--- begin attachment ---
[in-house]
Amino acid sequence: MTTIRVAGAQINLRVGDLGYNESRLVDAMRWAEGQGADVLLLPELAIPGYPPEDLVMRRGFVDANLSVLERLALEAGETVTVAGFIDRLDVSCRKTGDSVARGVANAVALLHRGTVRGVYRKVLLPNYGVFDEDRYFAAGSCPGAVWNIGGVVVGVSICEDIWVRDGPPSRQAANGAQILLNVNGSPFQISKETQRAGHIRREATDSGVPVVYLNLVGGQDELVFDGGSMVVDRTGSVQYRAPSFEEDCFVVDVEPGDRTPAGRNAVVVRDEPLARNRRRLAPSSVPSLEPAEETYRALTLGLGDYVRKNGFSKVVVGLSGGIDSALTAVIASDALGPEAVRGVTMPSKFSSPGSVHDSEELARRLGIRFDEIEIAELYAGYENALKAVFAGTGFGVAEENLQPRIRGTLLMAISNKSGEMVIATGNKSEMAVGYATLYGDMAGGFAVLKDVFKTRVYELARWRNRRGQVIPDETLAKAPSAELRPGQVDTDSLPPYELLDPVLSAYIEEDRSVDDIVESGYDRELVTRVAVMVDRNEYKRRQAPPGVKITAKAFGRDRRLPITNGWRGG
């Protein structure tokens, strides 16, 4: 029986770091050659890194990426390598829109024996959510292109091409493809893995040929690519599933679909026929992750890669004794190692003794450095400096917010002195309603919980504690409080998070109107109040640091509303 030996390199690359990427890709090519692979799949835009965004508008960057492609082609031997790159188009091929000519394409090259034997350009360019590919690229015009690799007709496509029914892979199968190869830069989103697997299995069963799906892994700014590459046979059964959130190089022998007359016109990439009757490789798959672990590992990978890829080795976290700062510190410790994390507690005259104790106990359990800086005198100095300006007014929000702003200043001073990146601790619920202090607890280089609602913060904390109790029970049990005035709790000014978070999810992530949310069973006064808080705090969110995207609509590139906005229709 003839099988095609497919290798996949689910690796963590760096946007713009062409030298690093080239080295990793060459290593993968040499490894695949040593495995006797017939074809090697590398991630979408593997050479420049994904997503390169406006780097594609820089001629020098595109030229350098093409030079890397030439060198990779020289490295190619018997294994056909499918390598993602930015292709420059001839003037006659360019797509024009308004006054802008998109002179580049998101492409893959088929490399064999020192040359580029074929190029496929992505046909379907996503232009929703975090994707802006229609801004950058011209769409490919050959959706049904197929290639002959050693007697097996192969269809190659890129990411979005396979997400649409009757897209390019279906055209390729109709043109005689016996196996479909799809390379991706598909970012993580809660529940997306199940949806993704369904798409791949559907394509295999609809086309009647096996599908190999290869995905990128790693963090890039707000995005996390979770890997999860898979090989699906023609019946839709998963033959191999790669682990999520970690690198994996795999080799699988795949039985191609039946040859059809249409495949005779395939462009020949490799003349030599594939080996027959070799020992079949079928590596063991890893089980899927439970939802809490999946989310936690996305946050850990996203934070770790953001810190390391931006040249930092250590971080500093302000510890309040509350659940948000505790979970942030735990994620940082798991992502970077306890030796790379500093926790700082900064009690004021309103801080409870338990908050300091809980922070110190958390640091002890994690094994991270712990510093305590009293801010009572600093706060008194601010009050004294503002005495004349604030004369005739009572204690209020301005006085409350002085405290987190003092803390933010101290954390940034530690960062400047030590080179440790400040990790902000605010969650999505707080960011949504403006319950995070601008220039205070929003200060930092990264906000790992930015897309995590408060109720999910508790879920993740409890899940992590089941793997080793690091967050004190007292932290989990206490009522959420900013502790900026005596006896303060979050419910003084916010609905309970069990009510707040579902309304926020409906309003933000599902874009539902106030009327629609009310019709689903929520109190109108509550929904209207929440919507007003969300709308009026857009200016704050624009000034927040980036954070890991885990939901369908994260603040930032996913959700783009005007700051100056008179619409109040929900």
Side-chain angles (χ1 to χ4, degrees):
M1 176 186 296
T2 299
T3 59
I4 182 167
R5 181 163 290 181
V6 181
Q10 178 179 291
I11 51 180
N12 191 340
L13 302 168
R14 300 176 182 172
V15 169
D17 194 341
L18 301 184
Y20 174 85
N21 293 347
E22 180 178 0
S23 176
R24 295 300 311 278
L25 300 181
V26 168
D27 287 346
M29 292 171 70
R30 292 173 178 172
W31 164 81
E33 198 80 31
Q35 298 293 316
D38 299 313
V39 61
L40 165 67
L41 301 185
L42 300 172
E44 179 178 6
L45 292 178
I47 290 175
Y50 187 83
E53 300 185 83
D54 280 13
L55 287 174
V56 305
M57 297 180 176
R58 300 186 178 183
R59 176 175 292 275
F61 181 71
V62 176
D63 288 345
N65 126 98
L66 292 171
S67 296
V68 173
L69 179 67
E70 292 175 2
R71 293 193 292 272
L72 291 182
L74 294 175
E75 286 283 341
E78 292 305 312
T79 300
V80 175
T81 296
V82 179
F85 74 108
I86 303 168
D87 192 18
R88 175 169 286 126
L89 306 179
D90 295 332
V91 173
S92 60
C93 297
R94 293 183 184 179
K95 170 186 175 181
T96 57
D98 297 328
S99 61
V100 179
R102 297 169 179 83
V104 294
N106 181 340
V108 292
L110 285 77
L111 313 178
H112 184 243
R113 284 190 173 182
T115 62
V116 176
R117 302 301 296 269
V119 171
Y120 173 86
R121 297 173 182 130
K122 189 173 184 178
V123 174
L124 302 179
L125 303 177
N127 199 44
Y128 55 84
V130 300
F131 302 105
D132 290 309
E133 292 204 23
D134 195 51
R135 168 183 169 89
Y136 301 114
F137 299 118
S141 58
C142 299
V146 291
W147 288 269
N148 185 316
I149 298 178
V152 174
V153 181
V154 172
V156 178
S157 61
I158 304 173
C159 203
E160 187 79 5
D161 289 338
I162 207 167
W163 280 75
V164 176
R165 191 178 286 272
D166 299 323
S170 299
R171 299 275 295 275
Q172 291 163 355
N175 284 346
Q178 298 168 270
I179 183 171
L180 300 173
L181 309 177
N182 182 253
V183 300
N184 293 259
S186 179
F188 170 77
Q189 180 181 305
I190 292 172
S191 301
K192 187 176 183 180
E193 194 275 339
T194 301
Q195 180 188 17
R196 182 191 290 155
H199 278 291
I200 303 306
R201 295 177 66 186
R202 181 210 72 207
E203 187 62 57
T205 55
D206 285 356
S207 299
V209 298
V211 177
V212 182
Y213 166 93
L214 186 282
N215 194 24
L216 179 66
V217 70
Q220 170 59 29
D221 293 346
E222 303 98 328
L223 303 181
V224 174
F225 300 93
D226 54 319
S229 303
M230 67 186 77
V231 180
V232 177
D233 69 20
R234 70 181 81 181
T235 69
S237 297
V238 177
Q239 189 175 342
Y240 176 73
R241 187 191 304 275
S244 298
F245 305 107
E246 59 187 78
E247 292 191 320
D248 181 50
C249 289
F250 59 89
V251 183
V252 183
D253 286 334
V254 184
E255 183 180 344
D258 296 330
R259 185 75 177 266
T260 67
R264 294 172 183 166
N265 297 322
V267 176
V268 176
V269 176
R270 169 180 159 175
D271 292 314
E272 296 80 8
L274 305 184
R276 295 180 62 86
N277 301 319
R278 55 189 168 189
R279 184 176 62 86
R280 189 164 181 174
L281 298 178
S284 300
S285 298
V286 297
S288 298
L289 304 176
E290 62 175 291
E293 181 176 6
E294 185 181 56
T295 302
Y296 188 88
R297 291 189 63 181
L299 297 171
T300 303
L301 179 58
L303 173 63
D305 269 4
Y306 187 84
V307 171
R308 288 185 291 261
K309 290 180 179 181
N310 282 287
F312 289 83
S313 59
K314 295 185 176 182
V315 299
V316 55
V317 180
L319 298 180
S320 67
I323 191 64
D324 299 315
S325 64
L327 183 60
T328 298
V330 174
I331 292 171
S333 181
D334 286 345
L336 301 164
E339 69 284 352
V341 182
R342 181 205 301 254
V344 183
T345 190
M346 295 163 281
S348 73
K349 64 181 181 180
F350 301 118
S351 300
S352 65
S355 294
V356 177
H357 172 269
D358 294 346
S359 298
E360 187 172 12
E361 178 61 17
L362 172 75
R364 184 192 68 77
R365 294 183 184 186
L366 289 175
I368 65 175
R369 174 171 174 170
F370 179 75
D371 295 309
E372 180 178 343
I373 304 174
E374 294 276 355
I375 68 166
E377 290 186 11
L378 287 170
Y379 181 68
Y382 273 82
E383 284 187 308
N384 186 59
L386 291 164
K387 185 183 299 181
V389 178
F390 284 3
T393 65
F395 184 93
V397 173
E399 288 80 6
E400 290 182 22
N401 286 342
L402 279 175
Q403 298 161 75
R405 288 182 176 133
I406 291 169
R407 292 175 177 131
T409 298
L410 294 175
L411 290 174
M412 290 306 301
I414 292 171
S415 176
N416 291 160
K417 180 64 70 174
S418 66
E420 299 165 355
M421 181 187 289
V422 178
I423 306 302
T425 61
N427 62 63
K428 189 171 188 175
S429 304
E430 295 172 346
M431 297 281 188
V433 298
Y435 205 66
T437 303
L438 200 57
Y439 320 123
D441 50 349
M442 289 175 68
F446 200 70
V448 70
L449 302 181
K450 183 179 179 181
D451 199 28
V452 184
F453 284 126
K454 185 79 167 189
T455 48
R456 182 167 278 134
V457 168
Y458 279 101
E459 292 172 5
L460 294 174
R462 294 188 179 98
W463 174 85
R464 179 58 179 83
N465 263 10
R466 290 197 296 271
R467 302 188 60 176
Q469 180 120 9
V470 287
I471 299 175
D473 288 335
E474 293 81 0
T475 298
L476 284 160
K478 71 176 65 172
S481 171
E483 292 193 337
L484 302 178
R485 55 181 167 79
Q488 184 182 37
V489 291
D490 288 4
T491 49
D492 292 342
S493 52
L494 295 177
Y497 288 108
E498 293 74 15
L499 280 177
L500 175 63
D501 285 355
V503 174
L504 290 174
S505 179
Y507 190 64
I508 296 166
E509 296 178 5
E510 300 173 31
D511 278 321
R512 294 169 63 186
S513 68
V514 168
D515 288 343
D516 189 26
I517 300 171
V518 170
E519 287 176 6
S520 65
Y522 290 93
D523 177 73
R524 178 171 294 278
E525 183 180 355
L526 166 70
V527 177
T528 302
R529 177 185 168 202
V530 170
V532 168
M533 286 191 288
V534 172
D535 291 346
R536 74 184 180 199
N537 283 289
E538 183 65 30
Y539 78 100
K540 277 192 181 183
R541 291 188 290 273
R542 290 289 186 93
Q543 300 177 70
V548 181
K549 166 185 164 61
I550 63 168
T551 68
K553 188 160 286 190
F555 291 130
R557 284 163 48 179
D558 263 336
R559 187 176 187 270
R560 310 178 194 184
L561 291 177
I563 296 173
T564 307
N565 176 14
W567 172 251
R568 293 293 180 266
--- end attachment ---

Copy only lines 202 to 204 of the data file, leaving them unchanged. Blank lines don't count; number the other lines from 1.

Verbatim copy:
V267 176
V268 176
V269 176